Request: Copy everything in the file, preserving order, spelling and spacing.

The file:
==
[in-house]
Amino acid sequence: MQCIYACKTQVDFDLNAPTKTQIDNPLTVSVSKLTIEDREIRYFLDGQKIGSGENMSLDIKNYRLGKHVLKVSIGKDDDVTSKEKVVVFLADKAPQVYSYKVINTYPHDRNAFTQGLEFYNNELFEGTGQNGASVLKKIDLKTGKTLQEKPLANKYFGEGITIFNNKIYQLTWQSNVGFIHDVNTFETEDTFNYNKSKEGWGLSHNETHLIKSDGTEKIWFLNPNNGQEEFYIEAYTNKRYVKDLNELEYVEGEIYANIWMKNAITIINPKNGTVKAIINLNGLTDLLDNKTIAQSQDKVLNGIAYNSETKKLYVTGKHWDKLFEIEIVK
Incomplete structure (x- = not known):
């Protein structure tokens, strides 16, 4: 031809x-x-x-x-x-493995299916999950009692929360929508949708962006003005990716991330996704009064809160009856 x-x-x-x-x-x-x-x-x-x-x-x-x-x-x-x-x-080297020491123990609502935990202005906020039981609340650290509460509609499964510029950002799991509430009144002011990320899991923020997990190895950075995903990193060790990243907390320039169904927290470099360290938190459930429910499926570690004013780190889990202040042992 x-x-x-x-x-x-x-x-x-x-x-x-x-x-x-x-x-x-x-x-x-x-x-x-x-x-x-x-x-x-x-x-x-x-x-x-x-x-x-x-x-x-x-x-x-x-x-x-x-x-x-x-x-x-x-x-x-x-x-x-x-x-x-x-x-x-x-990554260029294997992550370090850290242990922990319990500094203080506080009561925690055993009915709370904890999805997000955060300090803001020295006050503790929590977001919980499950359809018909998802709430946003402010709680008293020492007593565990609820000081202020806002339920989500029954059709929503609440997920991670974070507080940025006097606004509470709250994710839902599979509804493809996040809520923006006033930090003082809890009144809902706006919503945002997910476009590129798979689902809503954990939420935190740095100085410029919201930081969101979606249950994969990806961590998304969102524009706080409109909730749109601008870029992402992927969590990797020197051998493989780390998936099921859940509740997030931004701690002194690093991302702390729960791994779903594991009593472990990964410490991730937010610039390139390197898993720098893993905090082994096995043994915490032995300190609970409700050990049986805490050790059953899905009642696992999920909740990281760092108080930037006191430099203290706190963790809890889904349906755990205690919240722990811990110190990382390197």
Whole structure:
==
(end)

[in-house]
Amino acid sequence: MQCIYACKTQVDFDLNAPTKTQIDNPLTVSVSKLTIEDREIRYFLDGQKIGSGENMSLDIKNYRLGKHVLKVSIGKDDDVTSKEKVVVFLADKAPQVYSYKVINTYPHDRNAFTQGLEFYNNELFEGTGQNGASVLKKIDLKTGKTLQEKPLANKYFGEGITIFNNKIYQLTWQSNVGFIHDVNTFETEDTFNYNKSKEGWGLSHNETHLIKSDGTEKIWFLNPNNGQEEFYIEAYTNKRYVKDLNELEYVEGEIYANIWMKNAITIINPKNGTVKAIINLNGLTDLLDNKTIAQSQDKVLNGIAYNSETKKLYVTGKHWDKLFEIEIVK
Incomplete structure (x- = not known):
């Protein structure tokens, strides 16, 4: 031809x-x-x-x-x-493995299916999950009692929360929508949708962006003005990716991330996704009064809160009856 x-x-x-x-x-x-x-x-x-x-x-x-x-x-x-x-x-080297020491123990609502935990202005906020039981609340650290509460509609499964510029950002799991509430009144002011990320899991923020997990190895950075995903990193060790990243907390320039169904927290470099360290938190459930429910499926570690004013780190889990202040042992 x-x-x-x-x-x-x-x-x-x-x-x-x-x-x-x-x-x-x-x-x-x-x-x-x-x-x-x-x-x-x-x-x-x-x-x-x-x-x-x-x-x-x-x-x-x-x-x-x-x-x-x-x-x-x-x-x-x-x-x-x-x-x-x-x-x-x-990554260029294997992550370090850290242990922990319990500094203080506080009561925690055993009915709370904890999805997000955060300090803001020295006050503790929590977001919980499950359809018909998802709430946003402010709680008293020492007593565990609820000081202020806002339920989500029954059709929503609440997920991670974070507080940025006097606004509470709250994710839902599979509804493809996040809520923006006033930090003082809890009144809902706006919503945002997910476009590129798979689902809503954990939420935190740095100085410029919201930081969101979606249950994969990806961590998304969102524009706080409109909730749109601008870029992402992927969590990797020197051998493989780390998936099921859940509740997030931004701690002194690093991302702390729960791994779903594991009593472990990964410490991730937010610039390139390197898993720098893993905090082994096995043994915490032995300190609970409700050990049986805490050790059953899905009642696992999920909740990281760092108080930037006191430099203290706190963790809890889904349906755990205690919240722990811990110190990382390197």
Whole structure: